What’s new on the boatyard scene? According to Carol Bareuther’s annual boatyard update there’s plenty going on as yards throughout the Caribbean expand and add new services to their facilities. All is revealed on page 44.
Years ago, as the editor and publisher of a St. Maarten sailing/boating newspaper, I got into trouble for running a story about hurricanes. Advertisers said it would put people off traveling to the islands and so it threatened their business. I like to think All At Sea readers are a worldlier bunch who understand that countries within the hurricane belt might feel the effects of the occasional tropical blast. September is the height of the Atlantic storm season and, as you are turning these pages, I hope you have one eye on developments in east. Quite a few of our correspondents have been through hurricanes and I have experienced several firsthand. Julian Putley rode out hurricane Hugo at anchor in St. John and to mark the 25th anniversary, he tells his story.
Geographically, the Bahamas are not part of the Caribbean but we often feature this beautiful region knowing that many cruisers, power and sail, make this 5,358 square mile wonderland part of their Caribbean adventure. My wife and I spent over a year cruising the Bahamas in our cutter Driac II and so it holds a special place in our hearts. On page 49, Rosie Burr describes a cruise through the Exumas. Just look at the color of that water.
It is almost a certainty that if you have ever bought a boat, it won’t be your last. Boats are an addiction that many never overcome. Of all the boat addicts I have ever met, Todd Duff takes the biscuit. He has owned more than 50 and he’s still counting. If ever a sailor needed help, it’s Todd! See for yourself. His story is on page 34.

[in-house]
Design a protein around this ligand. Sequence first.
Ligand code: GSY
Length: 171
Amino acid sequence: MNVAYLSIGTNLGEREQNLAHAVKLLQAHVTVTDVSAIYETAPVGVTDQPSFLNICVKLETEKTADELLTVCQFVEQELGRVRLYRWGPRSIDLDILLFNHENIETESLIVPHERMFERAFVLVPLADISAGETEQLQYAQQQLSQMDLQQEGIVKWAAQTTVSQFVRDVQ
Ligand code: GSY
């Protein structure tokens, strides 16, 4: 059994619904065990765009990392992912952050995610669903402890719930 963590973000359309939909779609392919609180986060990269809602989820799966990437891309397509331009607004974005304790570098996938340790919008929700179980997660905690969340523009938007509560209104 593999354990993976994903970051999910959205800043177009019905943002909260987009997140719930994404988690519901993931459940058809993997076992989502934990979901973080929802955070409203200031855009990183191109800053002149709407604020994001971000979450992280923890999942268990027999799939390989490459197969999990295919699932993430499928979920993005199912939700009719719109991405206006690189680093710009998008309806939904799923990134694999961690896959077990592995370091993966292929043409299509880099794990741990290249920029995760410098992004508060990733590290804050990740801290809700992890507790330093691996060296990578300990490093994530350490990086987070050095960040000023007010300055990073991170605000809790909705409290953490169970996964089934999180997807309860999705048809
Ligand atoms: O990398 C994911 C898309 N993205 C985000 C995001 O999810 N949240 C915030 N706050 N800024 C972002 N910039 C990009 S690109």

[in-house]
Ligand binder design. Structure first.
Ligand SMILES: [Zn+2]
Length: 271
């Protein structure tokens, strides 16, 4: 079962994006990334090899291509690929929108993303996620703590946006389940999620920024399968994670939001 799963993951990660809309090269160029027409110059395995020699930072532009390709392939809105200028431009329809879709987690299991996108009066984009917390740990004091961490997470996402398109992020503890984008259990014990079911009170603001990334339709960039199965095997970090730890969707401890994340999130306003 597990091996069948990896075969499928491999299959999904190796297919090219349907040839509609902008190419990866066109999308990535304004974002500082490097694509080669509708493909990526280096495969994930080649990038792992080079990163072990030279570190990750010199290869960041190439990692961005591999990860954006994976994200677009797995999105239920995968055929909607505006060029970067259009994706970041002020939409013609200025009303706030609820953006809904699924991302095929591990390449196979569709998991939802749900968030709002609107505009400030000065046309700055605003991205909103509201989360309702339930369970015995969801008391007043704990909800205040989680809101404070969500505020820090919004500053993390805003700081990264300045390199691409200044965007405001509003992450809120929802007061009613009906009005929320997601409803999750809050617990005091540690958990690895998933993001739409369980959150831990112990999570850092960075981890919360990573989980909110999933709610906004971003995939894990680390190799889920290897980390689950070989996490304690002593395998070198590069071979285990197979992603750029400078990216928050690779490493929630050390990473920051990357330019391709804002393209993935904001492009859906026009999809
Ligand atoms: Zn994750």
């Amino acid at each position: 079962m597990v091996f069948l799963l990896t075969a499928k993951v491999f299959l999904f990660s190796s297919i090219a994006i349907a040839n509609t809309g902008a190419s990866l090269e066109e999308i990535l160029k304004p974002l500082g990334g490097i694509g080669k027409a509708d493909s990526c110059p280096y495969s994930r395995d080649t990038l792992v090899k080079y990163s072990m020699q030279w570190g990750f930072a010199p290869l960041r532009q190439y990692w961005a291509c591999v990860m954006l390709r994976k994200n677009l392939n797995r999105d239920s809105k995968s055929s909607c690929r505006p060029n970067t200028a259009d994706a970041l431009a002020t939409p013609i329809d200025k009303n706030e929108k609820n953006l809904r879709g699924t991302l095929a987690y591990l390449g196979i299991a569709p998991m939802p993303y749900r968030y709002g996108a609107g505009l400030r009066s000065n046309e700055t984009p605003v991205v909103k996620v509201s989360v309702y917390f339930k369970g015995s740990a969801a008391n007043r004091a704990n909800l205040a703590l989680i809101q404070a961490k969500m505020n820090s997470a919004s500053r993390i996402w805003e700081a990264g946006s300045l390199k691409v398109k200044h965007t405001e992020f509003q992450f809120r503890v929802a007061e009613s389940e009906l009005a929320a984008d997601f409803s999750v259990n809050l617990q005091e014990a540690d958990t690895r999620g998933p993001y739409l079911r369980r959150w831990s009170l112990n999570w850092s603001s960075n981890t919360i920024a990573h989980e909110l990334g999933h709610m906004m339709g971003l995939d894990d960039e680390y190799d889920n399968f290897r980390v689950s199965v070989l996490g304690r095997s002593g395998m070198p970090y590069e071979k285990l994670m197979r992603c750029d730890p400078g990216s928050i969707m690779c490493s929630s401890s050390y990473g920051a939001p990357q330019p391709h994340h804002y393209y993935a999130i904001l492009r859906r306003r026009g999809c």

As editor of All At Sea I have met some truly remarkable people and one of the most remarkable was Anthony Smith. In 2011, aged 85, Smith, with companions David Hildred (57, from the Virgin Islands), Andrew Bainbridge (56, from Canada) and John Russell (61, from the UK) crossed the Atlantic on a raft made of water pipes with a corrugated sheet-metal pig pen for a cabin and a telegraph pole for a mast.
In a life of action, Smith pioneered ballooning and in 1962 flew a hydrogen balloon across Africa, and a year later became the first Britain to fly a balloon across the Alps. He rode a motorcycle from England to South Africa and back, presented a science show on TV, wrote 30 books and even had a fish named after him.
Smith had long harbored a desire to pay tribute to the survivors of the SS Anglo Saxon, a British merchantman sunk off the west coast of Africa by a German warship in 1940. Of an original seven sailors who scrambled into the merchant ship’s lifeboat, only two — Roy Widdicombe and Robert Tapscott — survived the 2,800-mile journey across the Atlantic. They eventually landed on the island of Eleuthera in the Bahamas.
“As I grew longer in the tooth, I began to think that some kind of re-enactment might be interesting,” said Smith. “The idea grew in my mind that, using a raft, I would cross the very waters where Tapscott and Widdicombe had suffered so horrendously. With luck, I might even land on the beach where they had struggled up the shore.”
Smith’s eventual enactment, on the raft he named Antiki, went a little off course and instead of the Bahamas they ended up in St. Maarten. A year later, Smith, then 86, left St. Maarten to complete the voyage and after a hair-raising time off the Silver Banks, rode a gale of wind over the reef onto the same beach in Eluthera where Roy Widdicombe and Robert Tapscott had stepped ashore.
In my interviews with Anthony Smith, he said he hated getting old. I don’t believe he ever did.
Anthony Smith born March 30 1926, died July 7 2014